In a conversation recently, one of the contributors here and I got into a discussion about shutting down the Internet. He proposed that the Internet back bone could be interrupted, effectively shutting down the Internet. Can’t be done, buddy, that’s just not how it works.
If you haven’t already heard the term let me introduce you to “The Interweb.” It’s just another nom de plume for what we call the Internet, but it’s a little more descriptive of how this marvelous system of communication works. In truth, the Internet is more rat’s nest of communication channels than elegant spiderweb. There is no “back bone,” just millions and millions of faster and slower channels going every which way. As bane to Mubarak and the Chinese government, the initial design of what we call the Internet included a radically different idea. Instead of operators or automatic switches making connections from the main trunk down to the local offices and then on to your phone, Internet traffic switches itself across a vast array of little paths. These are so numerous they’re called the cloud.
When we type a piece for SWI, as I hope you all are, and then press “publish,” that keystroke is sent up to the server. However, it may not go the same way all those carefully thought out letters and punctuation of your piece did. That’s because each message traveling from one place to another has about a million ways to get from source to destination. We don’t see the difference, nor should we care, what matters is it’s possible for that keypress to go around the world 30 times before it gets there or just make the trip in one or two “hops.”
When the first cro-magnon version of today’s Internet first crawled out of the cave, it already had a piece of remarkable magic. This particular magic is called a routing algorithm. The name of this algorithm says it all, it’s called OSPF, for Open Shortest Path First. OSPF is what makes the billion or so possible paths through the Internet work.
When we first go to a website or make any request, that request travels hundreds or thousands of possible paths simultaneously to get to the website. Each request brings a map of the path it took with it. The first to get there probably had the shortest path, so all further conversation tries to use that path. Tricky, elegant and simple.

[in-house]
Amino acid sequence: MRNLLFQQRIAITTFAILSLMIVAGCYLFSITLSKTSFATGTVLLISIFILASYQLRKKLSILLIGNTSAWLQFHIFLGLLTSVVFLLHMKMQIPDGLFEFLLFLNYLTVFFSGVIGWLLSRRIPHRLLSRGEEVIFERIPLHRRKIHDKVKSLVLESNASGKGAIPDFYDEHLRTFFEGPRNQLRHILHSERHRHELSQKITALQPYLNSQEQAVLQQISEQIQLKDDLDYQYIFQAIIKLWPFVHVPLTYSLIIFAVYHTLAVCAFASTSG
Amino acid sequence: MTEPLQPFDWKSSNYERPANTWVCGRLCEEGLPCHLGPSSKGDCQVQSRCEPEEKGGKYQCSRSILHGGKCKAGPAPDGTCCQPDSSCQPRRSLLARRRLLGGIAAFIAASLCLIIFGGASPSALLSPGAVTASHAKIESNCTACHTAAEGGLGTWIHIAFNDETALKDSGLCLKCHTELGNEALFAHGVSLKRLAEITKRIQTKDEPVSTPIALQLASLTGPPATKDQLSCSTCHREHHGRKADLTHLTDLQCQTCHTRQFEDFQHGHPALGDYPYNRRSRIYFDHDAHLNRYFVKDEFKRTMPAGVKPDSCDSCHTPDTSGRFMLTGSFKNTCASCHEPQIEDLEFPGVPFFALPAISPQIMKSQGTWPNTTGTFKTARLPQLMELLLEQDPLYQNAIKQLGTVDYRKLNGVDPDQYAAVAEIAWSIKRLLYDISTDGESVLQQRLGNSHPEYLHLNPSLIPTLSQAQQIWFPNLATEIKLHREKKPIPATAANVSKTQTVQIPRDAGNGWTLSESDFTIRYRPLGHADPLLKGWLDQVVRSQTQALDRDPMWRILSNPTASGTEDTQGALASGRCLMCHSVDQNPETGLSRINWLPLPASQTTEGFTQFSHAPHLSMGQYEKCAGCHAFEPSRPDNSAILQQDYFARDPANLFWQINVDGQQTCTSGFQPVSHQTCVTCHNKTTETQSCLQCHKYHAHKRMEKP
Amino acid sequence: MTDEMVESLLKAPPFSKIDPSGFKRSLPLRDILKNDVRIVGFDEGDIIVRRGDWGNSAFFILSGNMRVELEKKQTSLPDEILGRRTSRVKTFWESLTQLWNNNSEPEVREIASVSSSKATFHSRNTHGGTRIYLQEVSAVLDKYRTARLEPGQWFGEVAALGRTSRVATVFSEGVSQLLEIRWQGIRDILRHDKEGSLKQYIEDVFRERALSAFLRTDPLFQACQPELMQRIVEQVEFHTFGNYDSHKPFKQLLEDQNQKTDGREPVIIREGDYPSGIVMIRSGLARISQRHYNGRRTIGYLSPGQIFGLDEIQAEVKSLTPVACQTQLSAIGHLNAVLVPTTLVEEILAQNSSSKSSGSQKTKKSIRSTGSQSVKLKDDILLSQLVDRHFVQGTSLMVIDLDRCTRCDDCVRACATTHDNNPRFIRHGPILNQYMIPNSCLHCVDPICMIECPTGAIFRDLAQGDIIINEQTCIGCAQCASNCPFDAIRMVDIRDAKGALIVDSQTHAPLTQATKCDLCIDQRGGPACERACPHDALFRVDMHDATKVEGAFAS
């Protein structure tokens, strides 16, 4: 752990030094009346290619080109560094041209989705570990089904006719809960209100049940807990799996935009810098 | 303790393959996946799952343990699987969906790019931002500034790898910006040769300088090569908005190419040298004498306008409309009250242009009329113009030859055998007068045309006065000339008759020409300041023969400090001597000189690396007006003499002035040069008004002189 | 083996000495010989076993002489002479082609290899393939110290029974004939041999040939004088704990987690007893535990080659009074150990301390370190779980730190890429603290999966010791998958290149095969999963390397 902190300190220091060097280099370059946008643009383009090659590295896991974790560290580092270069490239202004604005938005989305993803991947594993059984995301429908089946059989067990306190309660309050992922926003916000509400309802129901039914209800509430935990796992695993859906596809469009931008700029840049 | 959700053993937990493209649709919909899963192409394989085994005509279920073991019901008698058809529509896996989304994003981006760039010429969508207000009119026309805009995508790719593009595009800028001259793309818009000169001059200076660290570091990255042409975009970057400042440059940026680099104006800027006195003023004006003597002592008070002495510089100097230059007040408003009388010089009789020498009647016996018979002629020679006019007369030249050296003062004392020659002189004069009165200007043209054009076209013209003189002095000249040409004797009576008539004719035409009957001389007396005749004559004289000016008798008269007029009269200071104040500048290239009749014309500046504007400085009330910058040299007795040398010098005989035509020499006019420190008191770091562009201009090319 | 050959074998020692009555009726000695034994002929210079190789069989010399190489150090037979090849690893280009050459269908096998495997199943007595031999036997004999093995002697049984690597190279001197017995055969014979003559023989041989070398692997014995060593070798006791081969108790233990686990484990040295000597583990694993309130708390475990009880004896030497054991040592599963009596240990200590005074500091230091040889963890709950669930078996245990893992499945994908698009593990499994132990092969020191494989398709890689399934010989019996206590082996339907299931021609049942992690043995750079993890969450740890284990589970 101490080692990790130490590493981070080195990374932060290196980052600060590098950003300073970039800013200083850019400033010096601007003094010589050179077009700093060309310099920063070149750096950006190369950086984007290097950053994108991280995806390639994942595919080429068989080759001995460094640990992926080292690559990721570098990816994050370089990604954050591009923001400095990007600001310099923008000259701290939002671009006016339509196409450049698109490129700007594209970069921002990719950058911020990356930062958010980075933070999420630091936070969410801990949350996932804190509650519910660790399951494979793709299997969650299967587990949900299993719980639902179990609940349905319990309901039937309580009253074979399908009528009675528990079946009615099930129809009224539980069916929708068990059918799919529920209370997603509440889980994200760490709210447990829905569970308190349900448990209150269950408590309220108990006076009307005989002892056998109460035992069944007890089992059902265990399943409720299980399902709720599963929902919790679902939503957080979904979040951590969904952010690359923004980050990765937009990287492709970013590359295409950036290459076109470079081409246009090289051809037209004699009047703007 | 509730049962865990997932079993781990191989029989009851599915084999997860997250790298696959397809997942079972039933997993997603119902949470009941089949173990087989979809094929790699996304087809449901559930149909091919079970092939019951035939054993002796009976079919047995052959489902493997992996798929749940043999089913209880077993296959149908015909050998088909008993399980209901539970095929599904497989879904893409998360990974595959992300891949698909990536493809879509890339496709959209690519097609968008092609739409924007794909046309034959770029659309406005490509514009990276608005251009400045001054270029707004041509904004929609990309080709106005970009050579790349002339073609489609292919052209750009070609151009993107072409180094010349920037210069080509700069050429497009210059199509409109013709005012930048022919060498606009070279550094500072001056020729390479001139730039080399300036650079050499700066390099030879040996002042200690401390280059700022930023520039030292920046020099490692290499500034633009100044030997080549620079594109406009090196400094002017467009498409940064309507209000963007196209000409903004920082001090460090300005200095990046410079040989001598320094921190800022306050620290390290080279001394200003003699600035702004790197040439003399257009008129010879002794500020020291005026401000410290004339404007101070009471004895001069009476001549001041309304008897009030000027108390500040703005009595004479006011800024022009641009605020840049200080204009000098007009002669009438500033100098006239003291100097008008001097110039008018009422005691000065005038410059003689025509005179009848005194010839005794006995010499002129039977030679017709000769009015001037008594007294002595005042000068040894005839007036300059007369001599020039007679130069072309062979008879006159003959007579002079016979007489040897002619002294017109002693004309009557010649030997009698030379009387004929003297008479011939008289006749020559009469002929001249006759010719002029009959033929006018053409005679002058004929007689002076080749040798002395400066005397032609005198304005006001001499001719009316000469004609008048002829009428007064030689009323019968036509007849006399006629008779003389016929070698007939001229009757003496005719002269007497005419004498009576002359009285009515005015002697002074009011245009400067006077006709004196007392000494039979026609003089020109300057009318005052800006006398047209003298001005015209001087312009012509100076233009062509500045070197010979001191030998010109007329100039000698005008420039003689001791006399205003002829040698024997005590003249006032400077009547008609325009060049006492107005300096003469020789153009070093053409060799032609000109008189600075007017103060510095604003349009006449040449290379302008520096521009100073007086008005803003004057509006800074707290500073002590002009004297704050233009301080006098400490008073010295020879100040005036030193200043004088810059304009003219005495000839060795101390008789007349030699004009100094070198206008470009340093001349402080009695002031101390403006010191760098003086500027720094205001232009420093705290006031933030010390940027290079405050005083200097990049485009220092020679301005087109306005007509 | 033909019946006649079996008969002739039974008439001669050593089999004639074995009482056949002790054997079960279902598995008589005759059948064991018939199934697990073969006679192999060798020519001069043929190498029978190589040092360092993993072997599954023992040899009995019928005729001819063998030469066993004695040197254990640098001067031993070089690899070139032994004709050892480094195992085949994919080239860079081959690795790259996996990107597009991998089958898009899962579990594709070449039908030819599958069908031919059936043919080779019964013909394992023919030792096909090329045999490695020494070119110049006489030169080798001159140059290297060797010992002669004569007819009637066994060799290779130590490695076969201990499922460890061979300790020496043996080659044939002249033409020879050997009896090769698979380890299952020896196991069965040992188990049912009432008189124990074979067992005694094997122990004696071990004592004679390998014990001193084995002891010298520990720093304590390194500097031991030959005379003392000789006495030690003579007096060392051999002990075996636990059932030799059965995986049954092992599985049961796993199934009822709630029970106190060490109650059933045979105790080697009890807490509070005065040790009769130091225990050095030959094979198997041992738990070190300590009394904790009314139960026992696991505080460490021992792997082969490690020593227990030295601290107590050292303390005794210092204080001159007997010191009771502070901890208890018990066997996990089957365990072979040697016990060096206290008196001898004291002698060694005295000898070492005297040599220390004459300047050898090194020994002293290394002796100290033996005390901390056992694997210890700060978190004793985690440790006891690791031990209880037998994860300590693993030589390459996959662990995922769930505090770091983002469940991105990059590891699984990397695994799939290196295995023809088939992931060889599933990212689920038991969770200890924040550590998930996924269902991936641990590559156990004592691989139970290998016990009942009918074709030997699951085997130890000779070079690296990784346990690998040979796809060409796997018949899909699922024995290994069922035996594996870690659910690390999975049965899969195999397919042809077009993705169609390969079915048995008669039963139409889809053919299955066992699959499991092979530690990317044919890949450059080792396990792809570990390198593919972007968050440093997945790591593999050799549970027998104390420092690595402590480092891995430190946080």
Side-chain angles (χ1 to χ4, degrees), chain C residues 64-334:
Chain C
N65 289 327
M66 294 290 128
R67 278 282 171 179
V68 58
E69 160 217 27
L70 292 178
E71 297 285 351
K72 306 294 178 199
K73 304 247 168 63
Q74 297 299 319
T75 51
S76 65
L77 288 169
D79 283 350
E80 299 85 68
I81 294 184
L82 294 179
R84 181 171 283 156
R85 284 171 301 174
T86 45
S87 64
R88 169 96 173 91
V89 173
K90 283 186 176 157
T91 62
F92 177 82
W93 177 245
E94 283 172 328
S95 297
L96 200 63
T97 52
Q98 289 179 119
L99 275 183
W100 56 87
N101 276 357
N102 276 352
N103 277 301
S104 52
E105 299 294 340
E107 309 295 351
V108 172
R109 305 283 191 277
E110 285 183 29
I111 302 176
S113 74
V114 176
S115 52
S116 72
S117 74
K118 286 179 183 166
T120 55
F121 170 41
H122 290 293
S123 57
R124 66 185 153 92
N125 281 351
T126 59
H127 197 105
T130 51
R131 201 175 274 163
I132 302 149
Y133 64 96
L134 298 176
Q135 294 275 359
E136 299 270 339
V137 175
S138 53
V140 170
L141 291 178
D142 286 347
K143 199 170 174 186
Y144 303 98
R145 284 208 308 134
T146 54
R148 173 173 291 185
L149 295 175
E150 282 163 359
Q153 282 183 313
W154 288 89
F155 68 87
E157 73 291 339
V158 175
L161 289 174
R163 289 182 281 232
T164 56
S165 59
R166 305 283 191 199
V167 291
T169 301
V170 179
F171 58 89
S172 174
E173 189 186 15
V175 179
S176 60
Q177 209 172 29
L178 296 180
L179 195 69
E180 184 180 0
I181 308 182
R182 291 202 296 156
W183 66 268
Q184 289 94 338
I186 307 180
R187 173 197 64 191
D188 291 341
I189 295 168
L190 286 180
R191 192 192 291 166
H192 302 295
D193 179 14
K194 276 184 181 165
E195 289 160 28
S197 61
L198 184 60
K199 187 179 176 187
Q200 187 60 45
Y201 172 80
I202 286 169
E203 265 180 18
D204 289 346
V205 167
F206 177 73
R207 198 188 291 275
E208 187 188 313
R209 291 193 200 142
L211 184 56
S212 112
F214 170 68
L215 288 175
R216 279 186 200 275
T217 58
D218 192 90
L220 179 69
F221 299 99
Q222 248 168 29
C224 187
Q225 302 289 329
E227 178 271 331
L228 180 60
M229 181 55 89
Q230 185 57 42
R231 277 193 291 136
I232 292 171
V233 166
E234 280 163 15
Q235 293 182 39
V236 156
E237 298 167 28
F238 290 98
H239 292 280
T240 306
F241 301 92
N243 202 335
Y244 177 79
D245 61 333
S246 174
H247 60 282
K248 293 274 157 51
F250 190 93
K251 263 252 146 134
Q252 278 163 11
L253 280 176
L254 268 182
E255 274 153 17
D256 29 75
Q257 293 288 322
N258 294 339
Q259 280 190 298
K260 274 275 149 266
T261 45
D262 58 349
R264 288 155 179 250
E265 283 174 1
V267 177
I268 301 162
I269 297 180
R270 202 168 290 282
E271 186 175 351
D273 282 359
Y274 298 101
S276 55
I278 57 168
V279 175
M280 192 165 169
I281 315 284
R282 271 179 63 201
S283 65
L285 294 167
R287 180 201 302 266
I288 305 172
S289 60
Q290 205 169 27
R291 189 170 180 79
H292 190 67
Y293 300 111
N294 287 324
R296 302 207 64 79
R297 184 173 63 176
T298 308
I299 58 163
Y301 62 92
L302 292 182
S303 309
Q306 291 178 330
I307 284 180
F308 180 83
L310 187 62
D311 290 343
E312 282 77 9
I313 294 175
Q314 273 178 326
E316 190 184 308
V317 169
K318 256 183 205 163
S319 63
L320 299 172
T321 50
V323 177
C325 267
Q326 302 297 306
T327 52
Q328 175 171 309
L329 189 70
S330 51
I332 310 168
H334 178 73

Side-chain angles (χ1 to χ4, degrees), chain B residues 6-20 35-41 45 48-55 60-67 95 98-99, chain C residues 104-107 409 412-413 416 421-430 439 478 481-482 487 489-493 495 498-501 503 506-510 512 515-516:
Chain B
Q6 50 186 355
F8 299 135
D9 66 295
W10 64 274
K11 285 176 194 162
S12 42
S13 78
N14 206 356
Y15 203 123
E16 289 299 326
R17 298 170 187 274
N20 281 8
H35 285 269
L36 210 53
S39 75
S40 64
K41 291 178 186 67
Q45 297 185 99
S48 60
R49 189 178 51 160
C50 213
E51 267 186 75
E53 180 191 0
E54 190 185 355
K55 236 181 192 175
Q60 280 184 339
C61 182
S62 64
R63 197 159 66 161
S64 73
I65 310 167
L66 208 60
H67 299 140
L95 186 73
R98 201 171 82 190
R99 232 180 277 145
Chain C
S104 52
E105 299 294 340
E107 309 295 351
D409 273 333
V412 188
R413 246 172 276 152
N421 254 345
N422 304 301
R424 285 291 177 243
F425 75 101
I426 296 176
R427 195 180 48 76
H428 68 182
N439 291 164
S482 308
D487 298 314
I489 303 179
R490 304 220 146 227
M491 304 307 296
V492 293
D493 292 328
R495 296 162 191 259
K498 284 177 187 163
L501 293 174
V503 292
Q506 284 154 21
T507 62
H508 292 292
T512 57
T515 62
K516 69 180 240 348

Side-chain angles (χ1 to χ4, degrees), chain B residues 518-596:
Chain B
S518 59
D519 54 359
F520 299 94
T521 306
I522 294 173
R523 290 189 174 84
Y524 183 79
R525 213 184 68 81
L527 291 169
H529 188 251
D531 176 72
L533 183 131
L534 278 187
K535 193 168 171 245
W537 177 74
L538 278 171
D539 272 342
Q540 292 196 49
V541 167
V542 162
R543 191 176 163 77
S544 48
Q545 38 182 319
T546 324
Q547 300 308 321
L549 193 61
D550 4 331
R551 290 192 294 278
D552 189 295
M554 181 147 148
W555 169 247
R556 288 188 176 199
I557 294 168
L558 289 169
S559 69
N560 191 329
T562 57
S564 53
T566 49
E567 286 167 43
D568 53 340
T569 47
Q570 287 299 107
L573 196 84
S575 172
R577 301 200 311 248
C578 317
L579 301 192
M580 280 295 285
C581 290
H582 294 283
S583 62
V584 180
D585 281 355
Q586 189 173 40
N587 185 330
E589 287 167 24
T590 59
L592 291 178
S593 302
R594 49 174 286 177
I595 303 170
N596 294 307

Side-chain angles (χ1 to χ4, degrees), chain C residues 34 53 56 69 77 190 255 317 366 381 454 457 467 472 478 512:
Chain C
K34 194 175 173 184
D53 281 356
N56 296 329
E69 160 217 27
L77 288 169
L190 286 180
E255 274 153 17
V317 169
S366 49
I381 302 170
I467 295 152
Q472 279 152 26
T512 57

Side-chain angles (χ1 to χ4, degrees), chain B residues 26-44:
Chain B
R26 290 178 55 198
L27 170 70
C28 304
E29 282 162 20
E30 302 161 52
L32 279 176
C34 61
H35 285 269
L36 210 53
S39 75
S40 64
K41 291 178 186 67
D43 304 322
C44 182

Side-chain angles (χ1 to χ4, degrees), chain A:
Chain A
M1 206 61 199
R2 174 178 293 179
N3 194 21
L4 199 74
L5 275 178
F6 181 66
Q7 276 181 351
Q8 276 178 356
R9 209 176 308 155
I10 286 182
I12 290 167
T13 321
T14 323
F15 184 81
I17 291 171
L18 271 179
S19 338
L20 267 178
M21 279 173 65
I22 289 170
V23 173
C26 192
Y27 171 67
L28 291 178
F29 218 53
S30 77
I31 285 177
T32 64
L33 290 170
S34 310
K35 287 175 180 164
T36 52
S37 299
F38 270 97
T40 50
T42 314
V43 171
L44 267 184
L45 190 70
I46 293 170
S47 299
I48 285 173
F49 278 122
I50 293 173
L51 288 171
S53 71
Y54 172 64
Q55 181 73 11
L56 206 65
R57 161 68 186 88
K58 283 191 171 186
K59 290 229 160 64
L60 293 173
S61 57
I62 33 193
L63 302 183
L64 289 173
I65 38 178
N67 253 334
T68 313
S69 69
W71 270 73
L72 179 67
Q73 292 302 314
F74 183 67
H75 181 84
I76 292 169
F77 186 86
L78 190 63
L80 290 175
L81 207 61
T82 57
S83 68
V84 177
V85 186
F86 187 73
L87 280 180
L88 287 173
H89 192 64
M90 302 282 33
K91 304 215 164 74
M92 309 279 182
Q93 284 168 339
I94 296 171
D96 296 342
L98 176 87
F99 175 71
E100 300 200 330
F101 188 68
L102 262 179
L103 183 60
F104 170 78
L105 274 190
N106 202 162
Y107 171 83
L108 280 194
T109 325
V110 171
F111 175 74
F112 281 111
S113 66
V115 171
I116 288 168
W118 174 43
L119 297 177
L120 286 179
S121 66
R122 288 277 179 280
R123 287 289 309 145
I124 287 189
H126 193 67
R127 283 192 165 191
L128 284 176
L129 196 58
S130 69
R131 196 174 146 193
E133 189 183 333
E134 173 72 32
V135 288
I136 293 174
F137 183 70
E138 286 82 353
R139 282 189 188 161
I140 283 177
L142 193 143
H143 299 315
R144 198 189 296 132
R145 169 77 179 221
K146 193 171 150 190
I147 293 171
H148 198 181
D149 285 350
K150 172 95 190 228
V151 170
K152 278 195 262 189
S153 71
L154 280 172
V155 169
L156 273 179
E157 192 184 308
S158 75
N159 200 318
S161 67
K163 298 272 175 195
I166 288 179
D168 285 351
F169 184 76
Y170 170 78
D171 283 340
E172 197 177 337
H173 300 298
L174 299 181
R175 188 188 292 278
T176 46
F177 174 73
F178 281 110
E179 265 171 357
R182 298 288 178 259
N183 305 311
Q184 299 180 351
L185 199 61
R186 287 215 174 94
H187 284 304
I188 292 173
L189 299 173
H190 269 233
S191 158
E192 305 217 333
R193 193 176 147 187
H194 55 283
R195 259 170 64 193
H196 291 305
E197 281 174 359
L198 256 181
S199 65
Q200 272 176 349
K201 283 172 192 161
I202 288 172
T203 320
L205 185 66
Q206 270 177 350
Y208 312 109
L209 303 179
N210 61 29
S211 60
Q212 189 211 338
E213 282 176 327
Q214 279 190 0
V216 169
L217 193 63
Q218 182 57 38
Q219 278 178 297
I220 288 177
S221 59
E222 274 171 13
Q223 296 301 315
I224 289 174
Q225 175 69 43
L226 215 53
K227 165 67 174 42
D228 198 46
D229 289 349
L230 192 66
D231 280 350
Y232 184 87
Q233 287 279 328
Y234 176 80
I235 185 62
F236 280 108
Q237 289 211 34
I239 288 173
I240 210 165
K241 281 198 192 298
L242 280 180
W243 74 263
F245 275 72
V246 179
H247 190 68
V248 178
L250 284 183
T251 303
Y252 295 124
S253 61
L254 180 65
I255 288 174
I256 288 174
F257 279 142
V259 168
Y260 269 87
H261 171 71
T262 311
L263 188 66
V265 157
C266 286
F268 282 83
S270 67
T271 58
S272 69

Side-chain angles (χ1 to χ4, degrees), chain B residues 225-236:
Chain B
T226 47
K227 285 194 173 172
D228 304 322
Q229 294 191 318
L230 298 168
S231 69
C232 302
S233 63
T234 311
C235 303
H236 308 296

The real power of OSPF comes when something goes wrong. If a message does not get where it’s going each side notices, and tries to find another path. It uses OSPF to find the next fastest path, or possibly an even faster path. The communication effectively routes itself around the problem. No matter how many lines are cut, servers turned off or blown up, Internet traffic will still find a way. Cutting the line from New York to Milwaukee will just make the traffic go through Boise first, or Chicago, or Los angeles, or Skunk’s Misery Wyoming. That’s the first magic.
The second magic is even more startling, because there is a lot more to the Internet than just wires and messages. One of the greatest assets of the Internet is it’s users.
When the Egyptian government tried to cut off Internet access to the protestors, they went to the ISPs, the Internet Service Providers, and the cell phone networks telling them to shut down. “That’ll fix ‘em!” they thought (probably in Egyptian). But that’s just when the second magic kicks in.
Just as in the green revolution in Iran, millions, and I do mean millions, of Internet users thought that was dirty pool and decided to do something about it. They set up systems on landlines to convert voices into tweets. Just call and tweet your brains out. They sent in modems so Egyptian computers could use ISPs in different countries. They rigged faxes that went right into Facebook. They used Ham radio and set up radio-based ISPs. Of course any one with a satellite connection hardly noticed at all. There are lots of satellite users in a country like Egypt, FIOS hasn’t gotten there yet.
The satellite Internet system is not very fast, but it’s thousands of satellites are owned by all sorts of different countries and multinational corporations. And like most multinational corporations it takes so long to talk to someone who might be able to help it’s hardly worth calling in the first place. It’s just not a “Press 5 to cut off all transmissions to my country…” type of call. Besides, not only does some mostly Russian consortium not care what Hosni Mubarak wants, being the next victim on a 60 minutes special investigation is just not a good career move.
“Please hold for the next available operator, Please hold for the next available operator, Please hold………”
In the end it was probably the Egyptian government themselves who had to have it all back on. Just like the rest of us they have come to depend on cell phone networks and data communications. They themselves are part of the magic after all. To their credit they actually managed to cripple Internet communications for 5 days, but they never killed it and solutions were being installed after the first 5 minutes. It’s the second magic, get’s em every time.
So if someone ever asks your opinion of an “Internet kill switch,” just say “Dude, it’s the Interweb. Even if they nuked our whole country the roaches that were left would be back tweetin’ in 10 minutes.”
Copyright Prentiss Gray 2011